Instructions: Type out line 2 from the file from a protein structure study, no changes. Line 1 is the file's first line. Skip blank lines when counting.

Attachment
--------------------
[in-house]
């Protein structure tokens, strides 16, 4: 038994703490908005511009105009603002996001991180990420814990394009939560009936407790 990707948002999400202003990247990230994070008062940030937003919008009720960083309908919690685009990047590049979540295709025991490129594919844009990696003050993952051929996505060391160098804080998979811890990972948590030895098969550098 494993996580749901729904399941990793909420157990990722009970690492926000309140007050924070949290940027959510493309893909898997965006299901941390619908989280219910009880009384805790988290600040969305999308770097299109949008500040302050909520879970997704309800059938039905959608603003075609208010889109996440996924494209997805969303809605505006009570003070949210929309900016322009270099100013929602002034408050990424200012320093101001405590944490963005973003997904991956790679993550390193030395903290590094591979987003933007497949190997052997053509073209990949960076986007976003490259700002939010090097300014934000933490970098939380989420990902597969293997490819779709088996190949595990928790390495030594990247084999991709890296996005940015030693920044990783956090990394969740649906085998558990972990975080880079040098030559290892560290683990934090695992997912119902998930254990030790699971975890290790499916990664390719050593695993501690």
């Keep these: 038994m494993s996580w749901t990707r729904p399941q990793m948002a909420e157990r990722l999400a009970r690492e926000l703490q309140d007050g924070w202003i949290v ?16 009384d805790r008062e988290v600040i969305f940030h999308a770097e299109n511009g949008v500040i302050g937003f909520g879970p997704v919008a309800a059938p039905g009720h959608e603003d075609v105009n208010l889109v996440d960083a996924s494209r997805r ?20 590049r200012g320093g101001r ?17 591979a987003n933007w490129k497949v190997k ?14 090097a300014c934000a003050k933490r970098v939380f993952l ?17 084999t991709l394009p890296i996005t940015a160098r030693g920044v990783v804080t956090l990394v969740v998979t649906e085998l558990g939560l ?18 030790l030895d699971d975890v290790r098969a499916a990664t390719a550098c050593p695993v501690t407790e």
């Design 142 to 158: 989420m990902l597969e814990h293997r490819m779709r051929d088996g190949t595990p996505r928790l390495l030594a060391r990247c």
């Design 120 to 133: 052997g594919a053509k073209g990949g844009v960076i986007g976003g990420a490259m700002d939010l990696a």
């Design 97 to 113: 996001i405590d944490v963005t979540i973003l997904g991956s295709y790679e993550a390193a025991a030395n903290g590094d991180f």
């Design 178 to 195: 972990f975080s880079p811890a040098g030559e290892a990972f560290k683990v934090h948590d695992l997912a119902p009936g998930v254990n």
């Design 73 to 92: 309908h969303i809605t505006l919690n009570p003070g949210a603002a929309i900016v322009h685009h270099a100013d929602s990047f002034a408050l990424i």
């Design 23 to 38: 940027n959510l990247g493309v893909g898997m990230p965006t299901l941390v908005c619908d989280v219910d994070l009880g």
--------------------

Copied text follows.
């Protein structure tokens, strides 16, 4: 038994703490908005511009105009603002996001991180990420814990394009939560009936407790 990707948002999400202003990247990230994070008062940030937003919008009720960083309908919690685009990047590049979540295709025991490129594919844009990696003050993952051929996505060391160098804080998979811890990972948590030895098969550098 494993996580749901729904399941990793909420157990990722009970690492926000309140007050924070949290940027959510493309893909898997965006299901941390619908989280219910009880009384805790988290600040969305999308770097299109949008500040302050909520879970997704309800059938039905959608603003075609208010889109996440996924494209997805969303809605505006009570003070949210929309900016322009270099100013929602002034408050990424200012320093101001405590944490963005973003997904991956790679993550390193030395903290590094591979987003933007497949190997052997053509073209990949960076986007976003490259700002939010090097300014934000933490970098939380989420990902597969293997490819779709088996190949595990928790390495030594990247084999991709890296996005940015030693920044990783956090990394969740649906085998558990972990975080880079040098030559290892560290683990934090695992997912119902998930254990030790699971975890290790499916990664390719050593695993501690």